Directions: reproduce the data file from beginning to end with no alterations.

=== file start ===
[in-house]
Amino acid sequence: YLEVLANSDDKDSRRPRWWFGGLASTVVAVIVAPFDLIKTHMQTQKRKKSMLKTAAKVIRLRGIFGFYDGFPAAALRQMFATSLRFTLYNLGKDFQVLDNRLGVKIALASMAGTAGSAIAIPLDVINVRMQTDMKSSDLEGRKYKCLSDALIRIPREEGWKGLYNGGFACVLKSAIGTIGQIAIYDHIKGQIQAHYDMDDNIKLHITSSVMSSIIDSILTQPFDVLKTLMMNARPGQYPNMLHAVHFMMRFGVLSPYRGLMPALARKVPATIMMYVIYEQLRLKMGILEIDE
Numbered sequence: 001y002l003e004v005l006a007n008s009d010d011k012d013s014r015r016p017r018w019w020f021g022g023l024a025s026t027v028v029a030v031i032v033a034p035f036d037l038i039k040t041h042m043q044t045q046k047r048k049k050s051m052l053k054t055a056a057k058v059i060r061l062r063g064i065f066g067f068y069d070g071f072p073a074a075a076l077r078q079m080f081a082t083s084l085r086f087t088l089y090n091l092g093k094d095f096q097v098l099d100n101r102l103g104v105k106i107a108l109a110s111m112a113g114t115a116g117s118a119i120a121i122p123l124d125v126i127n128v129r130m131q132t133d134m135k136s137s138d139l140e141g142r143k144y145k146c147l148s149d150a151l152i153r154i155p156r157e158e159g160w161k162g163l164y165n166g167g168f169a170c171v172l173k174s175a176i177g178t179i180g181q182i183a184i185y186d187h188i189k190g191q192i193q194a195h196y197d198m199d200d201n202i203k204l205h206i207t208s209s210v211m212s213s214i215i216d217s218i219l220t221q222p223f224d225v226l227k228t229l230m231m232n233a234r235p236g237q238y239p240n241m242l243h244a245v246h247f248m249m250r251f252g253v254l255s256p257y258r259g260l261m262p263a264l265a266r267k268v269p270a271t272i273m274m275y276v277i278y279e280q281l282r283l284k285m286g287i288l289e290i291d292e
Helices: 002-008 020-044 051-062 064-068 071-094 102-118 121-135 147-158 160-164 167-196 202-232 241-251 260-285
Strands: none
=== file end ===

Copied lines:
[in-house]
Amino acid sequence: YLEVLANSDDKDSRRPRWWFGGLASTVVAVIVAPFDLIKTHMQTQKRKKSMLKTAAKVIRLRGIFGFYDGFPAAALRQMFATSLRFTLYNLGKDFQVLDNRLGVKIALASMAGTAGSAIAIPLDVINVRMQTDMKSSDLEGRKYKCLSDALIRIPREEGWKGLYNGGFACVLKSAIGTIGQIAIYDHIKGQIQAHYDMDDNIKLHITSSVMSSIIDSILTQPFDVLKTLMMNARPGQYPNMLHAVHFMMRFGVLSPYRGLMPALARKVPATIMMYVIYEQLRLKMGILEIDE
Numbered sequence: 001y002l003e004v005l006a007n008s009d010d011k012d013s014r015r016p017r018w019w020f021g022g023l024a025s026t027v028v029a030v031i032v033a034p035f036d037l038i039k040t041h042m043q044t045q046k047r048k049k050s051m052l053k054t055a056a057k058v059i060r061l062r063g064i065f066g067f068y069d070g071f072p073a074a075a076l077r078q079m080f081a082t083s084l085r086f087t088l089y090n091l092g093k094d095f096q097v098l099d100n101r102l103g104v105k106i107a108l109a110s111m112a113g114t115a116g117s118a119i120a121i122p123l124d125v126i127n128v129r130m131q132t133d134m135k136s137s138d139l140e141g142r143k144y145k146c147l148s149d150a151l152i153r154i155p156r157e158e159g160w161k162g163l164y165n166g167g168f169a170c171v172l173k174s175a176i177g178t179i180g181q182i183a184i185y186d187h188i189k190g191q192i193q194a195h196y197d198m199d200d201n202i203k204l205h206i207t208s209s210v211m212s213s214i215i216d217s218i219l220t221q222p223f224d225v226l227k228t229l230m231m232n233a234r235p236g237q238y239p240n241m242l243h244a245v246h247f248m249m250r251f252g253v254l255s256p257y258r259g260l261m262p263a264l265a266r267k268v269p270a271t272i273m274m275y276v277i278y279e280q281l282r283l284k285m286g287i288l289e290i291d292e
Helices: 002-008 020-044 051-062 064-068 071-094 102-118 121-135 147-158 160-164 167-196 202-232 241-251 260-285
Strands: none